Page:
The high density of animal populations, rudimentary facilities, lack of technical knowledge among farm personnel and lack of resistance among ‘foreign’ breeds of pigs may contribute to vulnerability to disease. One article in a Chinese veterinary publication warned farmers that changes in feed, poor nutrition, neglect of immunisations and other animal stress–inducing factors that are more common on small–scale farms may heighten risk of classical swine fever outbreaks (Ren, 2010). According to Feng (2010), periods of extreme weather or flooding can trigger an epidemic among farms characterised by stressed animals and neglect of immunisations. 19 As evidence of farmers’ cost-cutting, Feng noted that many feed and veterinary drug companies reported sales declines of as much as 30 per cent during the period of losses in 2010. Feng also suggested that periods of losses by farmers may leave local governments short of cash to pay veterinary technicians and dispose of carcasses.

Feng (2010) hypothesised that disease outbreaks may actually be linked to the hog cycle itself. Writing in an industry newsletter, he observed that extended periods of losses for small– and medium–scale hog farmers may leave them short of cash. Farmers may then cut costs by switching to lower quality, less nutritious feeds and neglect vaccinations. Less nutritious diets leave animals in a weakened state and vulnerable to disease. Jiao and Kou (2010) reported that farmers in Sichuan cut costs during a period of depressed prices by increasing the proportion of rapeseed stalks in hog rations. Sun et al. (2011) observed that the substitution of cheaper feed substitutes contributed to chronic disease problems in the industry.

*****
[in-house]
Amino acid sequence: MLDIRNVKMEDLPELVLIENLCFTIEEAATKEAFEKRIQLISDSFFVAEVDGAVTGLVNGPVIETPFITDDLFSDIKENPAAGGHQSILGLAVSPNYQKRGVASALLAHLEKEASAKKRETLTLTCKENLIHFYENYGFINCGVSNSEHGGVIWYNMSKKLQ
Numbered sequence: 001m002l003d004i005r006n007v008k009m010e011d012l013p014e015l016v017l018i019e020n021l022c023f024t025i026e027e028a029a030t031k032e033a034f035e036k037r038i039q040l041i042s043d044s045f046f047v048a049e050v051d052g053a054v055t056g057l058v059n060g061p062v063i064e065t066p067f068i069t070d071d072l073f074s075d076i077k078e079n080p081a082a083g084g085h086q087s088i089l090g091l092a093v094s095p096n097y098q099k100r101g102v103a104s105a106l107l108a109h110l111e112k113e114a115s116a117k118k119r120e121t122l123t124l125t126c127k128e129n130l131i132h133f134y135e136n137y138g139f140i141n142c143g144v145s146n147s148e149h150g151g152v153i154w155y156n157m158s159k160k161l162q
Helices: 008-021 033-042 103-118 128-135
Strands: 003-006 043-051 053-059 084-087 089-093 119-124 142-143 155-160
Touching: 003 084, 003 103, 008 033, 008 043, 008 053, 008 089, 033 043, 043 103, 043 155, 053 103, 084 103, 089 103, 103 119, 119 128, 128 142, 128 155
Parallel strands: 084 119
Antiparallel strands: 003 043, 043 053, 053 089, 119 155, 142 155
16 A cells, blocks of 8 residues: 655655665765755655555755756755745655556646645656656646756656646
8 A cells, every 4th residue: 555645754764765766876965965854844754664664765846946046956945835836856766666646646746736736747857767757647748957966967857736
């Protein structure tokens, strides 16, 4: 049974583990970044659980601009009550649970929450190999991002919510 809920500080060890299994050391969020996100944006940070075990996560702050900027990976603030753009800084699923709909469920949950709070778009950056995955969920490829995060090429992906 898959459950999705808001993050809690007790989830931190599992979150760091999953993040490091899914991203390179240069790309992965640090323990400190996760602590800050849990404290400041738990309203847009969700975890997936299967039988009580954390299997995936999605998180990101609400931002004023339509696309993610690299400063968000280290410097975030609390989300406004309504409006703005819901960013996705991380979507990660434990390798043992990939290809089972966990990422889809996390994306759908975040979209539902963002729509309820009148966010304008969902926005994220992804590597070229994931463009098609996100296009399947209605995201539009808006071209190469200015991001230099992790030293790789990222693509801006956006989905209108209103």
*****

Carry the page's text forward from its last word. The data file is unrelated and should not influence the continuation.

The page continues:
Chinese officials introduced subsidised insurance for producers of sows to reduce the risk of financial losses attributed to animal deaths, but some market reports indicate that this programme encountered moral hazard problems. Liu (2010) reported heavy losses incurred by companies offering sow insurance in Henan Province, citing large numbers of claims, high costs and fraud.20 In July 2010, a Yangzhou newspaper reported that the insurance company’s pay–outs for sow death losses had doubled from the previous year and reached 25 per cent in one county (Yang, 2010). According to an insurance worker quoted in the article, some farmers neglected to treat sows for diseases during periods of low hog prices because the insurance indemnity exceeded the animal’s salvage value if it were culled and sold.


19Woolsey et al. (2010) also report that low efficacy of free vaccines may contribute to epidemics. Some local distributors lack facilities to keep vaccines at the proper temperature.

20A company official told Liu that in some cases, multiple farmers filed claims on the same dead animal.

Further Reading

- You can view the full report by clicking here.

Further Reading

- Find out more information on the diseases mentioned in this article by clicking here.

March 2012